By Paul Mayne, Western News
Here comes John Yun. Little world step aside.
Yun, MMus ’12 (Literature and Performance), is a multi-faceted musician, one who effortlessly moves between the roles of musical director, collaborative artist, jazz pianist and opera tutor. This versatility played a significant role in the alumnus landing the Associate Conductor role with the international travelling production of West Side Story, which kicks off this October.
And the credit for setting him on this musical journey, Yun said, goes to his time at Western under the tutelage of Don Wright Faculty of Music professor Stephan Sylvestre.
“The people you meet during your masters are the people and connections who are going to carry you through the rest of your life,” Yun said. “It’s been interesting to see how everyone has progressed in all kinds of things from opera and churches to Second City. You are sort-of banded together.
“Everything ties back to that one summer between first and second year at Western, which pretty much started the whole snowball and the gigs kept getting bigger.”
After a tip from a fellow Western student, Yun worked at the Sarnia Imperial Theatre as a student. There, he first met Mark Payne, currently Musical Director of the Victoria Playhouse in Petrolia, who gave him his first musical theatre gig. After a couple years of performances with Payne, Yun was asked to be the Musical Director for Sounds of Sinatra at the Drayton Festival Theatre.
At the time, he was already working as Head Opera Coach and Assistant Conductor for UWOpera’s production of Cosi Fan Tutte, but didn’t want to turn down the experience.
From there, Yun became the Music Director for the U.S. travelling tour of Godspell in 2014. On that tour, he met Musical Director Keith Levenson, who got him a performance job with the 2015 National Broadway touring production of Annie. Yun, eventually promoted to the role of Associate Music Director, wrapped up that show in Indonesia this month.
“In every show you find a different rhythm and pocket to do that. That is a problem for long-running shows and tours anywhere. Things do get monotonous; you need to find things to keep things interested,” he said.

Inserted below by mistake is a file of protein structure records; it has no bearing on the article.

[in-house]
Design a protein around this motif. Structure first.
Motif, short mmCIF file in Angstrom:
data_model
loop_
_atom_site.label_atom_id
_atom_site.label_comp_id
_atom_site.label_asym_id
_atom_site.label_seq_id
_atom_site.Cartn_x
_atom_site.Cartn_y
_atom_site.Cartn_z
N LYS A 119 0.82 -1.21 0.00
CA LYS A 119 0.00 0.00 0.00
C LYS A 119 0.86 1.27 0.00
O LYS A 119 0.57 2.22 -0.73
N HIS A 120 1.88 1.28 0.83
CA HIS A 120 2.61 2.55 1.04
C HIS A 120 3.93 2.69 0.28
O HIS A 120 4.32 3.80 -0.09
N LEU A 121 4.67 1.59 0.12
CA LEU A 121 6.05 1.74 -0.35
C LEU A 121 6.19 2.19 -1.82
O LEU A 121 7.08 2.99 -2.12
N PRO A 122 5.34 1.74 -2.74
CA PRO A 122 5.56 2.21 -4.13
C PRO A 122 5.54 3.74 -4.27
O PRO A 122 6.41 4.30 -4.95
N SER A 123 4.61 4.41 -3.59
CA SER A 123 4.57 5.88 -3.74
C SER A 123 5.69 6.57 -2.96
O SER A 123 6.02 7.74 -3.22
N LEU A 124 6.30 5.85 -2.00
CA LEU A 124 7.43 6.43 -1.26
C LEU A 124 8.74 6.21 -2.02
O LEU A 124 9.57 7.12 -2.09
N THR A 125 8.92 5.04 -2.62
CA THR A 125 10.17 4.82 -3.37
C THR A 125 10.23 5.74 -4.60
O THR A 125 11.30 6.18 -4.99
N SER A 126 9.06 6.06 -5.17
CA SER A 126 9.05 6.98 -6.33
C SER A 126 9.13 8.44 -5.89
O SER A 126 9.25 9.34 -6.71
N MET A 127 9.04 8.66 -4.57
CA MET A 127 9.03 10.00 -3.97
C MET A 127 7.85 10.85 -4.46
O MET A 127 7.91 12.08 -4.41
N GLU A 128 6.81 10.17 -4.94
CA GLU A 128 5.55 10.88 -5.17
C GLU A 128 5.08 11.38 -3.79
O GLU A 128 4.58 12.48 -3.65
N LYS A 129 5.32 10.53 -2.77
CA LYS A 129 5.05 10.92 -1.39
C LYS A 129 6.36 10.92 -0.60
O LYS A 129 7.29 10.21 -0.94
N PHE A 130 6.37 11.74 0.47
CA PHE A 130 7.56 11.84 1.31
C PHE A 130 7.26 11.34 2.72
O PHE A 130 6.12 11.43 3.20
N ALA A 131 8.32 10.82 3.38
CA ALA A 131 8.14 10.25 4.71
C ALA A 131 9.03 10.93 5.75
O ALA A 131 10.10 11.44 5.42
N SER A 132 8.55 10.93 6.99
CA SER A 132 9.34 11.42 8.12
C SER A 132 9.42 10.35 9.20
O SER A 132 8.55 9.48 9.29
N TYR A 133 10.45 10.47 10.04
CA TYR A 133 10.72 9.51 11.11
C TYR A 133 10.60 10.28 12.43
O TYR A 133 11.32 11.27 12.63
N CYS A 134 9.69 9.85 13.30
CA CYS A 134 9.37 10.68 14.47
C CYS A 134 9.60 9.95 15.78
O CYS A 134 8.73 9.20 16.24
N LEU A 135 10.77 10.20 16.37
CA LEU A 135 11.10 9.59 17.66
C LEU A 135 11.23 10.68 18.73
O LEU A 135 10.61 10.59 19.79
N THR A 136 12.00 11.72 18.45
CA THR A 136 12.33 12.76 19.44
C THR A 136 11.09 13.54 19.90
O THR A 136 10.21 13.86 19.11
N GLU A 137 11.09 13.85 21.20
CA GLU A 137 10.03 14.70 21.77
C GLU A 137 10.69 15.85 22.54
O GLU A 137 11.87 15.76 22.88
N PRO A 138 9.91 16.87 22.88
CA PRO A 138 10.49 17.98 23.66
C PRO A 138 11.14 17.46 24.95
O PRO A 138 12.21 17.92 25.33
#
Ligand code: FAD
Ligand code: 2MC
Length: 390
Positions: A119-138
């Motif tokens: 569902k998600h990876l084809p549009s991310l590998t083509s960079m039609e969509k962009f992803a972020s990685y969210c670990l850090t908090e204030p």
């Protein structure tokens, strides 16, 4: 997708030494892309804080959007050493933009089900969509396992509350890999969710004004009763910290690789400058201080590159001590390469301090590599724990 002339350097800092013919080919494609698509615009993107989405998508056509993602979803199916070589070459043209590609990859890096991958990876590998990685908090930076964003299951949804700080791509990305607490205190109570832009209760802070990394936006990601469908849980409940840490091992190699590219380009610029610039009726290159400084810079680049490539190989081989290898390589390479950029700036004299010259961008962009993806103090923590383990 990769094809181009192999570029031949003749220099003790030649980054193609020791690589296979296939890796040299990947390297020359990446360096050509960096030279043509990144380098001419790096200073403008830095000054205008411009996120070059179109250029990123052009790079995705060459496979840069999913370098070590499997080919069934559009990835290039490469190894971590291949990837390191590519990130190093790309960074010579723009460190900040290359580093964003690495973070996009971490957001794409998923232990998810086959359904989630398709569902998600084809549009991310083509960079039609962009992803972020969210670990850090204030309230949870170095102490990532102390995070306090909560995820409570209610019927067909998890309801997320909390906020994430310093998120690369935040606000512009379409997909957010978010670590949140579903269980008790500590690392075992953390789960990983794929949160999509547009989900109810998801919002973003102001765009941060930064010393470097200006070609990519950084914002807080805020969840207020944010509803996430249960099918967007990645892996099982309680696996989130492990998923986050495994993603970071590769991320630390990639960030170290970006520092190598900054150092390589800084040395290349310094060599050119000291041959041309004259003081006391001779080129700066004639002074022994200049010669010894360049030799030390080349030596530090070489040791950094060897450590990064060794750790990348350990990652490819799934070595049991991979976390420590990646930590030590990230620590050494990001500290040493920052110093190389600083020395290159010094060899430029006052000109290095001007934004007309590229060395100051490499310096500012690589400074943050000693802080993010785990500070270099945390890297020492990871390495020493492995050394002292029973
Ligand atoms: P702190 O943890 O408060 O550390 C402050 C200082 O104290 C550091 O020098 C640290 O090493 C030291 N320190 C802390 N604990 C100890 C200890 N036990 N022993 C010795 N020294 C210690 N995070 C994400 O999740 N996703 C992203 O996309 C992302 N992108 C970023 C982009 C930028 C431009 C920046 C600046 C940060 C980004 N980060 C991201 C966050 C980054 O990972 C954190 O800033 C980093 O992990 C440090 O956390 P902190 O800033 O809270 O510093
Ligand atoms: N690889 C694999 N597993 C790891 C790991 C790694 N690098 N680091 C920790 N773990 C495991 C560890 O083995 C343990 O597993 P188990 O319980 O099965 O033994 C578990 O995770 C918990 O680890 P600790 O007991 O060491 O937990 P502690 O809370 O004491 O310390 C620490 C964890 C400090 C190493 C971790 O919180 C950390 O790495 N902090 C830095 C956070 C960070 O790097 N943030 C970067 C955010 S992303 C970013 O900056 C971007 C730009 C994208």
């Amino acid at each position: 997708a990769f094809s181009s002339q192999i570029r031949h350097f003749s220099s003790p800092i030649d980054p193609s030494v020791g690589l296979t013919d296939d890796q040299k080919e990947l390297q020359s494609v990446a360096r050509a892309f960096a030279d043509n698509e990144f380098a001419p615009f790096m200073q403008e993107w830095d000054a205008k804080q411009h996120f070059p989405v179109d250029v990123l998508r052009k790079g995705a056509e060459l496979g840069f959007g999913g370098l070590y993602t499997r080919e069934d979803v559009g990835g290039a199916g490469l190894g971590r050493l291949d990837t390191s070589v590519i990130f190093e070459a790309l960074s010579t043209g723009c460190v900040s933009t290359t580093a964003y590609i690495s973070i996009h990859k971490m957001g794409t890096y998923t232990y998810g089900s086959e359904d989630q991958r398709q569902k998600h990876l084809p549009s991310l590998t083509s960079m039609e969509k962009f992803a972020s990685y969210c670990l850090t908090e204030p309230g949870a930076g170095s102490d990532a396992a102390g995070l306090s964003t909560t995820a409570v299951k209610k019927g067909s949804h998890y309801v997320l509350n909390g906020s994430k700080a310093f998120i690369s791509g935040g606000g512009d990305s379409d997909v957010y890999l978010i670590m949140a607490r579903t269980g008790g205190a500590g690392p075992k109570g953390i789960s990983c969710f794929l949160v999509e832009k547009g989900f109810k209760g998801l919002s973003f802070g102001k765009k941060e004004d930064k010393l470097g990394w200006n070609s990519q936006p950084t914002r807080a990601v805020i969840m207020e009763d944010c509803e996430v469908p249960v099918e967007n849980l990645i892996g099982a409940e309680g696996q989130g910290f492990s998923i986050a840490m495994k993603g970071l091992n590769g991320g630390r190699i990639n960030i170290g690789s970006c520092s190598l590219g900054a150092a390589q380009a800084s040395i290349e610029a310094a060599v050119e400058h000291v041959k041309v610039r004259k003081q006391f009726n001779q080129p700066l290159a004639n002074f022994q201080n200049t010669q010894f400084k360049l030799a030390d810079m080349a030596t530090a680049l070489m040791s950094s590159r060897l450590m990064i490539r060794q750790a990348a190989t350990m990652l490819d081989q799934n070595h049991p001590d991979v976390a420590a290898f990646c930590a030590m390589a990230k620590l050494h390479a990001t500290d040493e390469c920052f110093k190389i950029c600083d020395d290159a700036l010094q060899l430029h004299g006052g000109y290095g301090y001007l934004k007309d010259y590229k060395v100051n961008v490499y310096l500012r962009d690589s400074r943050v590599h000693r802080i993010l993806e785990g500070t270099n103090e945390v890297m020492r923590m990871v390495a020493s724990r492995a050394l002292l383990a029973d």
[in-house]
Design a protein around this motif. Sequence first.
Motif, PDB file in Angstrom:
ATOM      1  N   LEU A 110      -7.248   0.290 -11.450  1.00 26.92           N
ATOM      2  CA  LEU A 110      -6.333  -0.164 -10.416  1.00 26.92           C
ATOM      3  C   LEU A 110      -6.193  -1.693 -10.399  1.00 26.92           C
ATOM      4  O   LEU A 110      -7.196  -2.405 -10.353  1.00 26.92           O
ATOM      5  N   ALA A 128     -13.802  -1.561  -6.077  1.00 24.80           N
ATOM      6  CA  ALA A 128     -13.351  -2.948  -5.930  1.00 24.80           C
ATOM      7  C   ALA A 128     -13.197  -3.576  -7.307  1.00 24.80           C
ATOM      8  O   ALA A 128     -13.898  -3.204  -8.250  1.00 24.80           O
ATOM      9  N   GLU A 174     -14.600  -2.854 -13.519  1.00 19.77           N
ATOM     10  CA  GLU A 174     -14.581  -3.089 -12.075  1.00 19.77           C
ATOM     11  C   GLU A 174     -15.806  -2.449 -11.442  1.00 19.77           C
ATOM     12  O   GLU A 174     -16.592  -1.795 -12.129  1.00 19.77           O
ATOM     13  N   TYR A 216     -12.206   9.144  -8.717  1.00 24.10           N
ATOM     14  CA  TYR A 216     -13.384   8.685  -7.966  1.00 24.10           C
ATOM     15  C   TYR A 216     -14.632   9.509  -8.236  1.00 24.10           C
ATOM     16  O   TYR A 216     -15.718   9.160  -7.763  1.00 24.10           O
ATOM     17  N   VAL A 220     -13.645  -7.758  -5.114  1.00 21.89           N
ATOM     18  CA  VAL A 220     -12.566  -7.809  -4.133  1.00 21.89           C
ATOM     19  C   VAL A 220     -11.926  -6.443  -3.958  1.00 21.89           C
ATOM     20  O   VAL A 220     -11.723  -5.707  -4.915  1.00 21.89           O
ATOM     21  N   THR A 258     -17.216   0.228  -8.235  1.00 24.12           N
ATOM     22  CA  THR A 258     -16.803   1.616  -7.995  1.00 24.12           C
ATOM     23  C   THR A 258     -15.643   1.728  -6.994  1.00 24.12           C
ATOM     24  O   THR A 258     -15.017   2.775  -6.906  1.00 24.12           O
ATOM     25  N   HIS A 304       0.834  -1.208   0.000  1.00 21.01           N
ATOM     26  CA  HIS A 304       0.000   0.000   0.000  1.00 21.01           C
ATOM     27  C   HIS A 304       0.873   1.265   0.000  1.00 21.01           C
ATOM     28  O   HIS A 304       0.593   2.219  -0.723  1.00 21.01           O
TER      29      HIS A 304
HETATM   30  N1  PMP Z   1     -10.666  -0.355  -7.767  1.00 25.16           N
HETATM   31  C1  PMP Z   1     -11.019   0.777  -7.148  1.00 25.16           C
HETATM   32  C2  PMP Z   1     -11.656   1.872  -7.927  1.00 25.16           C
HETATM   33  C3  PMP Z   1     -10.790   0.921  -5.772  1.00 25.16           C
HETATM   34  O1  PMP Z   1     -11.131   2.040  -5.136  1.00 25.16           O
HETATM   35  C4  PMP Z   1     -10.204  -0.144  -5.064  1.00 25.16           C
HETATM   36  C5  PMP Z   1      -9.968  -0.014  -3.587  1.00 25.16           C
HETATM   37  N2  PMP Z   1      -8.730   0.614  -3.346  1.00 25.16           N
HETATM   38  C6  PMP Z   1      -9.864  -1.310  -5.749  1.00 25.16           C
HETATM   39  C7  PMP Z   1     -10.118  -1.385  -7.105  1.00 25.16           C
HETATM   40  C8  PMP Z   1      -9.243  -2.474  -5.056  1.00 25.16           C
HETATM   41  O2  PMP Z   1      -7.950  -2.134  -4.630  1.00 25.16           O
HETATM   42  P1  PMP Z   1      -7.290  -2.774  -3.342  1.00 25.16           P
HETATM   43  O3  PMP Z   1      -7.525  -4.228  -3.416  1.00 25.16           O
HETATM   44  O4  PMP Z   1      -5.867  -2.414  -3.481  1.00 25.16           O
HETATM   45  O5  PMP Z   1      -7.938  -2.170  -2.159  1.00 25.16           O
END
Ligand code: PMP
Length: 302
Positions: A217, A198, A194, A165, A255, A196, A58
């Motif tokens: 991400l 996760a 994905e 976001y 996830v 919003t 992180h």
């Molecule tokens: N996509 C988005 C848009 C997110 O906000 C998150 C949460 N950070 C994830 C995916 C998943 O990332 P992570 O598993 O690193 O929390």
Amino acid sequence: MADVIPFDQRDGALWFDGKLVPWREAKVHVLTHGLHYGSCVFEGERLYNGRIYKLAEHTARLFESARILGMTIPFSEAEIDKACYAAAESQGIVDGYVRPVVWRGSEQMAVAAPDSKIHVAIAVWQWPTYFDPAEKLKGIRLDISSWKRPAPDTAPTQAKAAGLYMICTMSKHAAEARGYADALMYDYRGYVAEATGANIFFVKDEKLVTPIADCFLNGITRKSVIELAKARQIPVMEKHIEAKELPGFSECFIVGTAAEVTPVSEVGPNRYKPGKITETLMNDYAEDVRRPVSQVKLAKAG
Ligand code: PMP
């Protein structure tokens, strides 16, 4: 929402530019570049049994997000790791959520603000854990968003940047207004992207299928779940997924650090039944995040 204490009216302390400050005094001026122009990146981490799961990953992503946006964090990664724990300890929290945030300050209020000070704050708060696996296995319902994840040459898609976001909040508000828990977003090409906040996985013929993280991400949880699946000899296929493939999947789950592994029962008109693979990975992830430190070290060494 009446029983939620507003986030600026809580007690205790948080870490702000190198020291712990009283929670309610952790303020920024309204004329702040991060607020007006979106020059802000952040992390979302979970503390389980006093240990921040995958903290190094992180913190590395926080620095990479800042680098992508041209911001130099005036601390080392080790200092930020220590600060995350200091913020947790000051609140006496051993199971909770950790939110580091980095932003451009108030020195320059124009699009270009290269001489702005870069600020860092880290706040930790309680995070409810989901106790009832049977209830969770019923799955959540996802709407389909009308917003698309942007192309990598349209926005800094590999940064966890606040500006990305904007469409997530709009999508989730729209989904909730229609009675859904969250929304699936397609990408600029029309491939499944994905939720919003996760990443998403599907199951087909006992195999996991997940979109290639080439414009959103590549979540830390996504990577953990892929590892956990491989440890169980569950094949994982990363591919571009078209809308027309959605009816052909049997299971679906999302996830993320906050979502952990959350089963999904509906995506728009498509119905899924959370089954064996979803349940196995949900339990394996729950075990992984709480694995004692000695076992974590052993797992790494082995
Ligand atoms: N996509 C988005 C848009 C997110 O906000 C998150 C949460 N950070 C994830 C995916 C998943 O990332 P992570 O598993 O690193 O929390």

During his year on the road with Annie, Yun performed with a chamber group with a cellist and violinist, along with doing the regular show. “Having these little side projects really go a long way. It keeps you sharp and feels a little less like going into work every day.”
Yun, 32, believe he’s still “getting my foot in the door.” But his biggest break to date came thanks to the phone number of the musical director of West Side Story landing in his possession.
“Someone on the Annie tour gave me his number and I ‘cold called’ him and said, ‘My name is so-and-so. I don’t know you and you don’t know me, but I got your number and I don’t know if you’re looking for an Associate Music Director, but if I can I’d like to send my materials to you,’” Yun said.
While it took months for anything to come of the phone call, Yun has hire earlier this summer. He will conduct two or three shows a week, while playing piano for the other shows.
Before the tour starts this fall, Yun will return home to Sault Ste. Marie next month, with a few weeks off to hang out with friends and family – and learn the intricate score of West Side Story – before hitting the road for at least a year.
“There is definitely a pretty wide range of emotions. Many of us (musicians) are not working; a lot of my colleagues are extremely talented people, but with the state of the arts, there aren’t enough jobs available,” Yun said.
“Sure, it’s going to be a bit of a bummer not being able to see a lot of friends and family for a while. But, at the end of the day, I have an opportunity and job I can’t pass up. It’s a great way to see the world. The professional experience was too good to pass up. The pros far outweigh any cons. There was no way I was going to say no to this.”